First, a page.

Archive for April, 2019

Abstract: In 2011, Huu‐ay‐aht First Nations became one of five Nuu‐chah‐nulth Nations on the west coast of Vancouver Island in Canada to implement the Maa‐nulth Treaty with the Province of British Columbia and Canada. Modern treaties are dense and lengthy legal documents that exhaustively set out the obligations of each signatory party. They are heavily […]


Abstract: In the United States, indigenous nations are settling water claims for access to the continent’s surface waters. This legal‐political process transforms the nature of indigenous water use to conform with logics of quantification that are foundational to western water laws. This article critiques Indian water settlements by highlighting the inherent limitations and marginalisation of […]


“If you eat, you are involved in agriculture” is a popular saying among agrarian and alternative food advocates. It is often attributed to the American poet and farmer Wendell Berry who wanted to draw attention to the way eaters are intimately connected with growers. By thinking of eating as an agricultural act, Berry believes eaters […]


Abstract: This article investigates to what extent the early modern period as the Confessional, Imperial and Economic Age was also an age of tolerance, how much early modern empires depended on religious minorities willing to migrate and settle overseas, how much in the words of Jonathan Israel religious migrants were “agents and victims of empire”. 1 I […]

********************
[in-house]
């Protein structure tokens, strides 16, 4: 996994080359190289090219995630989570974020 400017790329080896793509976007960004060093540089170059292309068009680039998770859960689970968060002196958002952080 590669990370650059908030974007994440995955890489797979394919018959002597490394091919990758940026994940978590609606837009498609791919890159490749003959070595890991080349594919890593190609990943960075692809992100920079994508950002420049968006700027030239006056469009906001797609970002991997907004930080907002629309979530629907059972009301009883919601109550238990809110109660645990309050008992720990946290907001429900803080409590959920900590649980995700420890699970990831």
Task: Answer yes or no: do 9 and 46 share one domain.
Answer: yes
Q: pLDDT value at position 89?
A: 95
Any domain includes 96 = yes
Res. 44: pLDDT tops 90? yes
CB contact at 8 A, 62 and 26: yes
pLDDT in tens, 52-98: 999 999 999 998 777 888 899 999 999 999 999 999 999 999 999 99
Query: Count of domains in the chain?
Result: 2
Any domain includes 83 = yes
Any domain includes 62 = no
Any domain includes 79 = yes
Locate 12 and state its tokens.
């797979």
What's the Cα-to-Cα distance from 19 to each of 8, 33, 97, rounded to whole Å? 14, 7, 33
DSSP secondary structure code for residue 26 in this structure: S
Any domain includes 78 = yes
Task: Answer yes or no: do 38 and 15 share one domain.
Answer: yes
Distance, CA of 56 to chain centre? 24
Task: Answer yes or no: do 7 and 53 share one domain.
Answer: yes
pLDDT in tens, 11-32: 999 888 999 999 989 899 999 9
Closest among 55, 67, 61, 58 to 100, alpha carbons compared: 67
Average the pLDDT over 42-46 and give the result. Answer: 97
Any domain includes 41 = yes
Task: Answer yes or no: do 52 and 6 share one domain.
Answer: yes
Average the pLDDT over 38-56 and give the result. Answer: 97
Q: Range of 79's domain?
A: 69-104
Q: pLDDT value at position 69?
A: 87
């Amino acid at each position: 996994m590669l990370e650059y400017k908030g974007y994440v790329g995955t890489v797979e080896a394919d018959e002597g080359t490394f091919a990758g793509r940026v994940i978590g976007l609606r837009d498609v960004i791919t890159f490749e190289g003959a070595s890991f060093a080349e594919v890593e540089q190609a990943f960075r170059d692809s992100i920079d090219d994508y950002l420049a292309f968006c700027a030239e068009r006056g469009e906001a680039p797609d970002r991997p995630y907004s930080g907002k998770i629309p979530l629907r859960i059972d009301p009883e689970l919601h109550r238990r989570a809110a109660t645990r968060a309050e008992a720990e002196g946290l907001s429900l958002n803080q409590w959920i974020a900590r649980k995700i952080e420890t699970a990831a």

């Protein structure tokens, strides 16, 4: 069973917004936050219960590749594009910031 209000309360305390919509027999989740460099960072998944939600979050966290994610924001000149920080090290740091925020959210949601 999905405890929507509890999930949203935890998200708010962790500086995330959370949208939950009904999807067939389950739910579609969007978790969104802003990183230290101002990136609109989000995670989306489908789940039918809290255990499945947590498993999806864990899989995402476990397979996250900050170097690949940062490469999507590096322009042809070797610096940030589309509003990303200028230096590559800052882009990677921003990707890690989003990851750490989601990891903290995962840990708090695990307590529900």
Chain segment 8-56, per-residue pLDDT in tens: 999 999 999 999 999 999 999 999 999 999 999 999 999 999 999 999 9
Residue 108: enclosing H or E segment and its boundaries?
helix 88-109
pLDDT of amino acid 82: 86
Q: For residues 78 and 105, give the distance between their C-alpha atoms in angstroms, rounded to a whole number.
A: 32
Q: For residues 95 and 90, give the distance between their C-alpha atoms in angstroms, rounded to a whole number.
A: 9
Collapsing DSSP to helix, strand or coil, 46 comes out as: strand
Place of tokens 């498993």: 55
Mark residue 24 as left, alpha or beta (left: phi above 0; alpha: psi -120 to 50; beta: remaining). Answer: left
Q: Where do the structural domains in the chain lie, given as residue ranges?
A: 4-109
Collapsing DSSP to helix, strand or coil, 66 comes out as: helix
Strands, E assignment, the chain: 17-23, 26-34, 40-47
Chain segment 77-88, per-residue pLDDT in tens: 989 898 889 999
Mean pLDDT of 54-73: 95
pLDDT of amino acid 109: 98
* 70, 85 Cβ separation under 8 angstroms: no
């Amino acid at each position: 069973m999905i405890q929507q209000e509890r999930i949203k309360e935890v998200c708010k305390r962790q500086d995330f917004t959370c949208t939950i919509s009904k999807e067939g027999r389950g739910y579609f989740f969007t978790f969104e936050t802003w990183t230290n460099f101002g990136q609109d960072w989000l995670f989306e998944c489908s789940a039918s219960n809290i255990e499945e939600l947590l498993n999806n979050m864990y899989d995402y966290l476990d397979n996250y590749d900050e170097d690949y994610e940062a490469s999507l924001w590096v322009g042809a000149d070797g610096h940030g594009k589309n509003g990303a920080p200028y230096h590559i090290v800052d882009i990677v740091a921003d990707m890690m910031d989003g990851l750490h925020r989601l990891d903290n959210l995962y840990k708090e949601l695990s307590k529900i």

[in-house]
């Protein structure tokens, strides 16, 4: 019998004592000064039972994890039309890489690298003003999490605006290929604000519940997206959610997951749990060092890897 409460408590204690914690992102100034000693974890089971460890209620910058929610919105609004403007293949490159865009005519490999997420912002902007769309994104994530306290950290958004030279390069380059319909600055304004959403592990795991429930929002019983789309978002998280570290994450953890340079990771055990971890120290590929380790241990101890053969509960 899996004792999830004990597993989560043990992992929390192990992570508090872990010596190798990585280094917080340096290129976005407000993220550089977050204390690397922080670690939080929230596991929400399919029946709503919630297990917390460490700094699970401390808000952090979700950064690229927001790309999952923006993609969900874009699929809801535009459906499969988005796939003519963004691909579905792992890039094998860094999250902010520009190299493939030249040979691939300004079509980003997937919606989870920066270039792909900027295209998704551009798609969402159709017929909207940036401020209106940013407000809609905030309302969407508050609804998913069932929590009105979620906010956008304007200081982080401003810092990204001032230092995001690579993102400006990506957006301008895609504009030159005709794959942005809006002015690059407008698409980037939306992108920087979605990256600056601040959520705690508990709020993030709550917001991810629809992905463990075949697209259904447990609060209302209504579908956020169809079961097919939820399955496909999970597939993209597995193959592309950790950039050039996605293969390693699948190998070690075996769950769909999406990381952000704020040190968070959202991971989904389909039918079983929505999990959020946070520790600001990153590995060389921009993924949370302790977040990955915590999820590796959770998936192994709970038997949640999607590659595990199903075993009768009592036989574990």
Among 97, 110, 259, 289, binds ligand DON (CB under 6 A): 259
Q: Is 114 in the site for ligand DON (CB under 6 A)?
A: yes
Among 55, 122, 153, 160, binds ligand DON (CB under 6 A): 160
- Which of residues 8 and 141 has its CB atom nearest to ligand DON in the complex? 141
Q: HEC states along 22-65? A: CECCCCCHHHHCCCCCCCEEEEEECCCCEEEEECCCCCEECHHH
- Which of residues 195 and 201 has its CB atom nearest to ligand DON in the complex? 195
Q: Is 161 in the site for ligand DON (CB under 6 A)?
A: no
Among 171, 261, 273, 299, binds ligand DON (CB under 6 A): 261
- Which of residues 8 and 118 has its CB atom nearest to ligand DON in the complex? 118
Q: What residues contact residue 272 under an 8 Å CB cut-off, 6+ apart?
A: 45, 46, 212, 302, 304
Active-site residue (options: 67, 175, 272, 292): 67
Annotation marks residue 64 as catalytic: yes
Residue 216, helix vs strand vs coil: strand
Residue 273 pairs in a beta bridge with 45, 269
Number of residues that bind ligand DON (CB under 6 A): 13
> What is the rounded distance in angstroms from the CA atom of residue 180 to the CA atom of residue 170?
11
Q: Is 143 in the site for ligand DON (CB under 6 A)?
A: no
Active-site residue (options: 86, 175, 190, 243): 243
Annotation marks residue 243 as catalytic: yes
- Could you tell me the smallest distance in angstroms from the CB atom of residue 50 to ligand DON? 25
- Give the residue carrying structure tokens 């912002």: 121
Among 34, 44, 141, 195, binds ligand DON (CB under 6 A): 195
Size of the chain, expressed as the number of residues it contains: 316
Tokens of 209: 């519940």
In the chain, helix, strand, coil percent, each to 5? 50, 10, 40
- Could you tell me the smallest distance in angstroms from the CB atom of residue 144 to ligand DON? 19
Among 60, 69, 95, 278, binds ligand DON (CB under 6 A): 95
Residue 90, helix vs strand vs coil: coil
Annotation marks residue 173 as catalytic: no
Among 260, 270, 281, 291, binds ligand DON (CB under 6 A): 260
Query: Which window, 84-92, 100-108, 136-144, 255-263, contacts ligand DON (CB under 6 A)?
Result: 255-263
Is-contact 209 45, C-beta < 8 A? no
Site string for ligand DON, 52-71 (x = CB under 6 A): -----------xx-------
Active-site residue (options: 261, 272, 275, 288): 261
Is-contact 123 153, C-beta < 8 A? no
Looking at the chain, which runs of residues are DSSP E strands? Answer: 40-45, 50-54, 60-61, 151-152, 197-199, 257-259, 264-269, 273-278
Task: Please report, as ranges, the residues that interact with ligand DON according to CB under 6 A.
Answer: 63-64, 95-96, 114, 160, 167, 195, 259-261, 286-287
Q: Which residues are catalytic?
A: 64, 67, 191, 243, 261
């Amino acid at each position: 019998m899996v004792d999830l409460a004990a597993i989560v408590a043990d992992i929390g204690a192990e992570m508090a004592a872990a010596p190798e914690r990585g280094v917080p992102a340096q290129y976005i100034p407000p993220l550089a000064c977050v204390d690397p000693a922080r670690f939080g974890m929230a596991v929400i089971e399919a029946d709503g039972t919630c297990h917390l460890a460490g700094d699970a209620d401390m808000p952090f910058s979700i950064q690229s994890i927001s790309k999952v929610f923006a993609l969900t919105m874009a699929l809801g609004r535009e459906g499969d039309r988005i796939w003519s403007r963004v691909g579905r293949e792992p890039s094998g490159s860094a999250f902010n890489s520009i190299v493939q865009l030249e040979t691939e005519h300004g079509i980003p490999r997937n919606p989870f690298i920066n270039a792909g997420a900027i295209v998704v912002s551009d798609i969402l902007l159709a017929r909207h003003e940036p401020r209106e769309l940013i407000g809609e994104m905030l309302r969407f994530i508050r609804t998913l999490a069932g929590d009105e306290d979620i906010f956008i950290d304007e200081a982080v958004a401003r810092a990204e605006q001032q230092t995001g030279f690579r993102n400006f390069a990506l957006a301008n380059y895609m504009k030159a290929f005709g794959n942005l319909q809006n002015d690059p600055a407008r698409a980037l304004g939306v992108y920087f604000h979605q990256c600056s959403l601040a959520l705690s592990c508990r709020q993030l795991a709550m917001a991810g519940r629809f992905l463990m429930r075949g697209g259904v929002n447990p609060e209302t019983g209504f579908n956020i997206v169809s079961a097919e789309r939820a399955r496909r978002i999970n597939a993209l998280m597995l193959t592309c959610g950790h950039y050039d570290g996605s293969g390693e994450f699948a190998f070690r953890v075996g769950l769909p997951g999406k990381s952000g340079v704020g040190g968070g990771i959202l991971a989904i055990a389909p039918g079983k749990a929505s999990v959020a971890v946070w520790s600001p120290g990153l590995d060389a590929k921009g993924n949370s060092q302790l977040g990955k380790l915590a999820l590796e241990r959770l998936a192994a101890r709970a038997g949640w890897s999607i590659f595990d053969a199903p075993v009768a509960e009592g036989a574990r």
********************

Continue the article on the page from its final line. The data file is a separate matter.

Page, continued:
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Abstract: This article traces a discursive lineage from a 2013 Second Amendment billboard campaign in Colorado to visual accounts of white settler nostalgia that circulated in the 1860s. The billboard foregrounds fantasies of indigeneity for a contemporary political discourse of “gun rights” and quite literally backgrounds the reciprocities of nineteenth-century contexts of violence: the Civil […]


Description: As part of the Treaty of Paris, in which Great Britain recognized the new United States of America, Britain ceded the land that comprised the immense Northwest Territory, a wilderness empire northwest of the Ohio River containing the future states of Ohio, Indiana, Illinois, Michigan, and Wisconsin. A Massachusetts minister named Manasseh Cutler was […]


Abstract: This project investigates discourse about American wilderness, from the first European explorers through contemporary outdoor recreation, to reveal that wilderness is a socially constructed concept. By uncovering nine essential myths, this project argues that wilderness discourse is both influenced by and perpetuates American settler colonialism and racial capitalism. Section One traces a history of […]


Abstract: On 26 April 1901, members of the Righa tribe overran the French colonial village of Margueritte in central Algiers province. They seized the settlement’s male colonists and demanded they ‘make [them]selves Muslims’ by reciting the shehada and donning North African clothing. Several Europeans who could not or would not comply were killed. This article […]


Abstract: This essay proposes the category of the oceanic South. It presents the Southern Hemisphere’s blue expanses as one of its defining features and elaborates from this a framework that brings into agitated contention the extractive economies of the North, the persistent legacies of settler colonialism in the South, and other interlocking human and more-than-human […]